On October 14, 2014, during a hearing on the defendants' second motion to open the default, the court questioned counsel for the plaintiff regarding whether the plaintiff was a bank or a servicer of the loan. In response, counsel for the plaintiff stated: "They're a bank and the servicer of this loan. They're also the holder of the note authorized to commence the foreclosure action which has already been resolved by the prior motion to dismiss, which is a standing issue [that] counsel's attempting to raise again, which has already been denied." On December 5, 2014, the court denied the defendants' second motion to open the default.[7]

         On December 19, 2014, the defendants filed a motion for a stay, contending that this action was barred by a September 29, 2014 consent order entered into between the federal Consumer Financial Protection Bureau and the plaintiff regarding deceptive and unfair practices committed by the plaintiff. On January 21, 2015, the defendants filed an affidavit of Mark Kepple in support of their motion to stay the foreclosure proceedings. The defendants attached as exhibits (1) some of the same documents that were previously found to be inadmissible hearsay by the trial court when it ruled on the defendants' motion to dismiss, and (2) additional correspondence from the plaintiff to the defendants. Specifically, Mark Kepple included a letter from the plaintiff to the defendants dated August 8, 2012, identifying Federal Home Loan Bank of Indianapolis as the investor of the mortgage loan, and letters from the plaintiff dated July 22, August 27, and November 2, 2013, in which the plaintiff identified itself as the servicer of the defendants' mortgage loan. The latter two letters each stated that the defendants were "not approved for loss mitigation options by the investor/owner of the loan."[8]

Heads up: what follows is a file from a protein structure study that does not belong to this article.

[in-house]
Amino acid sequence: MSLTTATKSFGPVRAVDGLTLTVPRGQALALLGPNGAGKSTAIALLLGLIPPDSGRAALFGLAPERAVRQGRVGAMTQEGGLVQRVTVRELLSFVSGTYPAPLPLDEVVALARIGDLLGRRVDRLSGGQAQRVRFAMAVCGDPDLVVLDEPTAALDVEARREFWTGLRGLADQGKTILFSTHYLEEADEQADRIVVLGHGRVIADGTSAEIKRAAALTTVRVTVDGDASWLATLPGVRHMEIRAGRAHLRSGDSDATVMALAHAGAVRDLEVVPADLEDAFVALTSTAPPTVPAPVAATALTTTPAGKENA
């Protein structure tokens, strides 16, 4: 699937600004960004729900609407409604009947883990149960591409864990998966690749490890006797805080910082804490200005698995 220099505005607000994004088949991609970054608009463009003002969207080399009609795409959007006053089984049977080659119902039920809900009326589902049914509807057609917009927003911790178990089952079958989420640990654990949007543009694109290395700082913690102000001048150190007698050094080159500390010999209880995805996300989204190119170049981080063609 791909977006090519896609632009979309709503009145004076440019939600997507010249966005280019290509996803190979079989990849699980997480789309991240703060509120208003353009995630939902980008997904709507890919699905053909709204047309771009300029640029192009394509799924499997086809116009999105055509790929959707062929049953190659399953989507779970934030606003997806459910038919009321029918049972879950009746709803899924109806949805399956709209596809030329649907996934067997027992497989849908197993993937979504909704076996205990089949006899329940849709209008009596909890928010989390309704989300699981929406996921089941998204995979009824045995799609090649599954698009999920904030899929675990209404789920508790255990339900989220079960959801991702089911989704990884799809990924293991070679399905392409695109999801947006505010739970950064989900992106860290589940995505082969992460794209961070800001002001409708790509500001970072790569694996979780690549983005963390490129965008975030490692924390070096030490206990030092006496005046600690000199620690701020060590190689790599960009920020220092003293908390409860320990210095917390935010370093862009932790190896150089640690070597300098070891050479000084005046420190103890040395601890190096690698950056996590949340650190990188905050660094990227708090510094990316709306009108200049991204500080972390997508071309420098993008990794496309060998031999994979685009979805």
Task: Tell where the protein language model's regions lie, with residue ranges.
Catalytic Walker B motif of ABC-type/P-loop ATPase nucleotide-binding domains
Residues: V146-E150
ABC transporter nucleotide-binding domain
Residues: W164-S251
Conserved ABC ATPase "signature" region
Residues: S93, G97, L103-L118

On December 24, 2014, the plaintiff filed an objection to the defendants' motion for a stay, along with an affidavit of Susan Dowd, an officer of the plaintiff.[9] A hearing on the motion for a stay took place on January 26, 2015. During a colloquy with counsel for the defendants at the conclusion of the hearing, the court commented that it appeared that the owner of the note was Federal Home Loan Bank of Indianapolis.[10] On January 26, 2015, the court entered a stay in this matter without prejudice to the plaintiff demonstrating that the defendants' loan was not covered by the consent order entered into by the plaintiff with the Consumer Financial Protection Bureau. On May 19, 2016, the plaintiff filed a motion for an order requesting that the court lift the stay. In that motion, the plaintiff maintained that (1) the defendants' loan was not covered by the consent order and (2) even if it were covered, which was denied, the plaintiff had offered the defendants the very relief they had been seeking, namely, a new loan modification review. In this connection, the motion detailed the efforts ...